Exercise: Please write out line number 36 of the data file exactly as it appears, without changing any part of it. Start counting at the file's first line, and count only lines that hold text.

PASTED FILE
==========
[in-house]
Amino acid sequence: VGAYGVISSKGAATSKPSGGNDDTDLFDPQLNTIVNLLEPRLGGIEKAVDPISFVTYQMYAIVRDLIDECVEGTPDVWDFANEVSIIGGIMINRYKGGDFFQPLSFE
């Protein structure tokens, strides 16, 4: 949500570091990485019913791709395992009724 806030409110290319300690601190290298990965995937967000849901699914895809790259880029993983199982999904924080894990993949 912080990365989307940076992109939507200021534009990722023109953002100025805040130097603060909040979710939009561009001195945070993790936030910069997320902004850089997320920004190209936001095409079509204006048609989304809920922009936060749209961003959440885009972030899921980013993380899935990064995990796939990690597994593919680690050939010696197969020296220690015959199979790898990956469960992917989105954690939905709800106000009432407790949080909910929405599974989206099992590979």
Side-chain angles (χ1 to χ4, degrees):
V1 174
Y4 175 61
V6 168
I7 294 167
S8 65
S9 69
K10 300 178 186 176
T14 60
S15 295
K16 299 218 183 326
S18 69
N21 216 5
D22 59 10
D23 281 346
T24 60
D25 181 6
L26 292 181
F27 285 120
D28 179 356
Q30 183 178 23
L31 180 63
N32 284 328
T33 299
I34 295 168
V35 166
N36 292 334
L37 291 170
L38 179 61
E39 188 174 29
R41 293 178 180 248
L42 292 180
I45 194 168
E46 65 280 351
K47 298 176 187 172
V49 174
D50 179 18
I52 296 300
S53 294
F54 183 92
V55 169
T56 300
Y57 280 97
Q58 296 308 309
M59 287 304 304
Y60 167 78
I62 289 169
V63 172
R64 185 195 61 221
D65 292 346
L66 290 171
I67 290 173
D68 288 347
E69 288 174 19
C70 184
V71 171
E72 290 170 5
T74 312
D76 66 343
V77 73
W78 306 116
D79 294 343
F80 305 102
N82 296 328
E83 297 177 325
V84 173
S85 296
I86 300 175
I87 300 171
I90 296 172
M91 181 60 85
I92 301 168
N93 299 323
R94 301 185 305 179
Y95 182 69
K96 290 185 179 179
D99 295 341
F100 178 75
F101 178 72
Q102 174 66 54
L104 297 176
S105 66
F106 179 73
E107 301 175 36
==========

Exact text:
I45 194 168